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"El castellano en revolución permanente" x ECR en el NY Times


New York Times



Published: January 29, 1987

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To many Hispanic New Yorkers, ''vacunar la carpeta'' means to vacuum the carpet. The phrase would baffle their Latin American counterparts, however, since by most dictionaries it translates into ''to vaccinate the portfolio.''

Spanglish, the literate cry. But members of the little known North American Academy of the Spanish Language say Spanglish does not exist. There is no separate language, they argue, merely people who speak Spanish and English badly.

The North American academy -one of 22 academies in the Spanish-speaking world that are keepers of the language - was formed quietly in New York in 1973. It is the youngest participant in a tradition that began in 1713 when King Philip V established the Royal Spanish Academy to ''cultivate and to set standards for the purity and elegance of the Castilian tongue.'' Formal Meetings Held

The 22 academies meet jointly every four years - the next meeting will be in 1988. Between these larger meetings, the North American academy, comprising 41 professors, linguists and authors, meets informally about six times a year to consider linguistic trends and to collect words for the Spanish dictionary.

Such meetings are held at different sites - usually at a building with which a member is affiliated - since the academy has no office of its own.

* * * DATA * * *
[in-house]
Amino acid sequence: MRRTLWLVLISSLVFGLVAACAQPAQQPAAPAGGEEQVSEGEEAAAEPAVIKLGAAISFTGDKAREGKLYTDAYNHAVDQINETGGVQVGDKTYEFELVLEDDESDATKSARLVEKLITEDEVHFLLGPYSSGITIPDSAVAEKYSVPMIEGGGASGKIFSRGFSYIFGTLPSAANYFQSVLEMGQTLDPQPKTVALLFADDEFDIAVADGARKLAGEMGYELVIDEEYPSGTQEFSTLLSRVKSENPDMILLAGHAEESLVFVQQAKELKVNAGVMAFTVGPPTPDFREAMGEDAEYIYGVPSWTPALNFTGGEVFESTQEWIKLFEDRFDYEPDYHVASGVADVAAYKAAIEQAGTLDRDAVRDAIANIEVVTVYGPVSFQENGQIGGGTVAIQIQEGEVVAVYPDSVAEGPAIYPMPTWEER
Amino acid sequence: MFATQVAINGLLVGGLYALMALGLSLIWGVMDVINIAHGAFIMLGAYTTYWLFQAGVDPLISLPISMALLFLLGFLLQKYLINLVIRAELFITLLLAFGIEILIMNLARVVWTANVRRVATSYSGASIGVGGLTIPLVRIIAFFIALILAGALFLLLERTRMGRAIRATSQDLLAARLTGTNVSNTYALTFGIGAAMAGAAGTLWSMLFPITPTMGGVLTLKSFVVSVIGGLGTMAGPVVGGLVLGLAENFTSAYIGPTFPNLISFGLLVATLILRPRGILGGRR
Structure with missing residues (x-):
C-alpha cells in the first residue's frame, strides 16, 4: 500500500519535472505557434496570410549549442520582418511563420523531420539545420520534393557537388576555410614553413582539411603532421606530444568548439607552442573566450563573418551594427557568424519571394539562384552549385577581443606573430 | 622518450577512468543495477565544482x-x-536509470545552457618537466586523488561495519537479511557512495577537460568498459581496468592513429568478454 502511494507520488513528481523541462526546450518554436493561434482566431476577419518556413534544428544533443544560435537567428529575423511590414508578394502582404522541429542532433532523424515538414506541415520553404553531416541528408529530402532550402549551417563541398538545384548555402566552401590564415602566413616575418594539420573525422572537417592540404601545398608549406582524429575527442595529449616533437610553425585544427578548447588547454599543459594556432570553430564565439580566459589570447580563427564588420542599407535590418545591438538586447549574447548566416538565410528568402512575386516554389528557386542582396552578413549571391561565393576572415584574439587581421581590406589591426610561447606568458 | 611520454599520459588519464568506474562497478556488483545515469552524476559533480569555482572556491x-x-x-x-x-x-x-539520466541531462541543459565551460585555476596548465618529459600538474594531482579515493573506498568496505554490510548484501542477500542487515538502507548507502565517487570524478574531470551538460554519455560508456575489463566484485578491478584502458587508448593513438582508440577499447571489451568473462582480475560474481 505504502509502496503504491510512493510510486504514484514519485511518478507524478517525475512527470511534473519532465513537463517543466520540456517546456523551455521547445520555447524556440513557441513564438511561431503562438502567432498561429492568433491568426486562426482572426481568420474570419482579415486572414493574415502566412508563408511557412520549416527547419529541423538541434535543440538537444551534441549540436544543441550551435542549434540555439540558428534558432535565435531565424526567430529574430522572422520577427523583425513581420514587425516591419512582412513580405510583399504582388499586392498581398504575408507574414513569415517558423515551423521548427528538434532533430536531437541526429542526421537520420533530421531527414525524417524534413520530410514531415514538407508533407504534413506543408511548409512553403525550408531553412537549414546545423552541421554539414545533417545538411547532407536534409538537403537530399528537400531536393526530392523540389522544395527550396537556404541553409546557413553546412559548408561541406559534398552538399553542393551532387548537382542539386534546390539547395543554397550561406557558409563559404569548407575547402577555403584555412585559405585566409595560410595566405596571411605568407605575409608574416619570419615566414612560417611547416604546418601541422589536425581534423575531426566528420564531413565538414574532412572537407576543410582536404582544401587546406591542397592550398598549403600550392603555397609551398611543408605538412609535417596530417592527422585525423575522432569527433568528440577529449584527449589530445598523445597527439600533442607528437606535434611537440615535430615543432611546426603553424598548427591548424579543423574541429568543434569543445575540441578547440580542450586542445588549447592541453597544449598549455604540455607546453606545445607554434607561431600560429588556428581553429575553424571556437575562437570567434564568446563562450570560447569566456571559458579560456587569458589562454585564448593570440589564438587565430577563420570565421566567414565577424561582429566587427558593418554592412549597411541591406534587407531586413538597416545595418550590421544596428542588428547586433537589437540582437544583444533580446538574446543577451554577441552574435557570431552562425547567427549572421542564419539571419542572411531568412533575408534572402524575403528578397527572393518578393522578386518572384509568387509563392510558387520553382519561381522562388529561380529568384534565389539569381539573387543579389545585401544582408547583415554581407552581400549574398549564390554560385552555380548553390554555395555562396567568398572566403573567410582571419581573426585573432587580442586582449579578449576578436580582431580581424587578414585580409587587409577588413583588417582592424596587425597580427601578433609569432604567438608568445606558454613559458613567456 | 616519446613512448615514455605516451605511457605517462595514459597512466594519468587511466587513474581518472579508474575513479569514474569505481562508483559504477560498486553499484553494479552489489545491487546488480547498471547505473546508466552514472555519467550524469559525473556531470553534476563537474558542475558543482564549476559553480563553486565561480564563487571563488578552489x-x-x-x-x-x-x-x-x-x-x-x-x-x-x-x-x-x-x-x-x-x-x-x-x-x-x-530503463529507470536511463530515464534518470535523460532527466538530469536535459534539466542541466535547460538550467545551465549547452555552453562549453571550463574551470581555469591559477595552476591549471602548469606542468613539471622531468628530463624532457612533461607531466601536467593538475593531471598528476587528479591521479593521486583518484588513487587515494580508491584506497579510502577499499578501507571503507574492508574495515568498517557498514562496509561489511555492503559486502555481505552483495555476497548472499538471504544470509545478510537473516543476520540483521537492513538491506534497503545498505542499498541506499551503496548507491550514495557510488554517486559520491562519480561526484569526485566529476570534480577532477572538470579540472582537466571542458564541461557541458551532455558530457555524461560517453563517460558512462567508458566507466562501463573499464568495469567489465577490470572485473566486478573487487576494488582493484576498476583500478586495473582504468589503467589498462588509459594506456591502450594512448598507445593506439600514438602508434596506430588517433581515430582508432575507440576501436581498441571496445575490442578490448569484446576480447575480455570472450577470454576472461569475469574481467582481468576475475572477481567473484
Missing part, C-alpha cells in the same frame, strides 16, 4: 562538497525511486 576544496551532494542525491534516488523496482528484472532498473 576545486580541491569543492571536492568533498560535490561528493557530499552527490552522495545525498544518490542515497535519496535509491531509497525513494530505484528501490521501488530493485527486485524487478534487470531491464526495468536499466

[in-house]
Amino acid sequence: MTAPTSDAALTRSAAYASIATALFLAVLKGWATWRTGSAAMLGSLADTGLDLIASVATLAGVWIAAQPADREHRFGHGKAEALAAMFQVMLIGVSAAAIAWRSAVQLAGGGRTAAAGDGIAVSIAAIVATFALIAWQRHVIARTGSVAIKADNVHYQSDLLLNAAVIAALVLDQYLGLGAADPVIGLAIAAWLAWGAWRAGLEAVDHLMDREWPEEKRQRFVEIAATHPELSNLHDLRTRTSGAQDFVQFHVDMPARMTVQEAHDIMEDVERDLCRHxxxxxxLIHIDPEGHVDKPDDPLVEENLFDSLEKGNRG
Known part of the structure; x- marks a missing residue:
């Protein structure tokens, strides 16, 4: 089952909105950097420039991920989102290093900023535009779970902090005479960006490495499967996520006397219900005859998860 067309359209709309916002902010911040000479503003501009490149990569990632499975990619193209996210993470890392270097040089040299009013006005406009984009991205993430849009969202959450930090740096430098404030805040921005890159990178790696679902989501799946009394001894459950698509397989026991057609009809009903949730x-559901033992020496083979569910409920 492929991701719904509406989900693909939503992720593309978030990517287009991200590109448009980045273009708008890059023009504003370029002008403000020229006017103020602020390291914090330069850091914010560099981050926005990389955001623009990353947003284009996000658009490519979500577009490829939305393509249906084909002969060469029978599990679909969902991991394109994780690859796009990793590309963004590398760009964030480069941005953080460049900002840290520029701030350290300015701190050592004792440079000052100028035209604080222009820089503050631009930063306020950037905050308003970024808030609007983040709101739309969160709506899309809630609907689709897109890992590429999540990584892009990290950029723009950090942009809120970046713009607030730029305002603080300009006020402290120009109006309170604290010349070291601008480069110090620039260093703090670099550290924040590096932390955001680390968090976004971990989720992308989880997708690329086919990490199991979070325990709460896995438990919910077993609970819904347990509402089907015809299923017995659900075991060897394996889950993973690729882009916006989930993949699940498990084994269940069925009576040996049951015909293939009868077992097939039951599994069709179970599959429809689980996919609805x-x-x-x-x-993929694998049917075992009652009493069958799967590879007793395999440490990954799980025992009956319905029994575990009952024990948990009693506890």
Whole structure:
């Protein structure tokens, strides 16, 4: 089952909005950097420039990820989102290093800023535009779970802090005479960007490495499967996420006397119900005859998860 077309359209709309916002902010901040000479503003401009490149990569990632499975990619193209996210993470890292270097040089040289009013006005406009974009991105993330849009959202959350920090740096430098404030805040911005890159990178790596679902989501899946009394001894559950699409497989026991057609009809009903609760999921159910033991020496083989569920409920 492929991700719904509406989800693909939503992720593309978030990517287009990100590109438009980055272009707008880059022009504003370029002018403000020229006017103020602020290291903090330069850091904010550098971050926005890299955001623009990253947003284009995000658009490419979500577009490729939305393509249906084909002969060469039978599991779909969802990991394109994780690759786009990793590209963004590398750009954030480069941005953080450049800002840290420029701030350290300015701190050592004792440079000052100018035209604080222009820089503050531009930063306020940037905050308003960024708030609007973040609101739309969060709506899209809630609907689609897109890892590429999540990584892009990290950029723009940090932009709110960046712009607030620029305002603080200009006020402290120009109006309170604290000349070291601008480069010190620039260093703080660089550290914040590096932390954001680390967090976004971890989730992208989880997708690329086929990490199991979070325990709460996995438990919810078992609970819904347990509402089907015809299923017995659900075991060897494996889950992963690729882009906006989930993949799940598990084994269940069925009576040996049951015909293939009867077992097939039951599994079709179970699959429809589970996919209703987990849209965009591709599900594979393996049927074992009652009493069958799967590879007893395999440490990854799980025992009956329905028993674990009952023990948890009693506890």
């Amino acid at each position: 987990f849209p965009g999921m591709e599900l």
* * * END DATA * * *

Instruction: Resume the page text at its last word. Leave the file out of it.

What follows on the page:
The North American academy represents the fifth largest Spanish-speaking country and the most diverse. Moreover, with much of the world's new technology being developed in the United States, the academy here has become useful in foreseeing the need for new words.

Although more tolerant of Anglicized Spanish than some of their Latin American colleagues, the academy members in the United States are far from liberal.

''Language is in continuous revolution, and we must recognize the changes imposed by the way people speak,'' said Eugenio Chang-Rodriguez, a professor of Spanish at Queens College and a member of the academy.

He noted, however, that ''carpeta'' to describe a carpet was unacceptable, because Spanish already has a word for it - alfombra.

Moreover, even after a word has permeated the Spanish-speaking world, the academy waits to see if the word will survive the test of time.

''It usually takes decades,'' Mr. Chang-Rodriguez said.

Often Anglicized words develop from necessity, said Theodore Beardsley, a member of the academy and president of the Hispanic Society of America.

It was not until 1956, Mr. Beardsley noted, that Spain included a word for steering wheel in its official dictionary. By then, he said, it was too late to impose ''volante'' over the handful of other words that had been created throughout the New World. Even the Educated Slip

While most of the most obvious aberrations of the language are heard on the street or seen in badly translated advertisements, Mr. Chang-Rodriguez said, he is most outraged when Anglicized words creep into the speech of educated people.

Lately, he said, at some of New York's most cultured Hispanic tables, he has heard, ''aplicacion,'' used to denote application instead of the Spanish word solicitud.

Another habit of the educated, he said, is what linguistic circles call code switching, or moving between Spanish and English in the same sentence.

While lamenting the habit, he comforted himself by recalling that Spanish speakers were not the only ones to resort to such violations. The Russians in Fyodor Dostoyevsky's novels also felt compelled to demonstrate their knowledge of another language and often broke mid-sentence into French.

photo of Prof. Eugenio Chang-Rodriquez (NYT/Edward Hausner)

A version of this article appeared in print on January 29, 1987, on p

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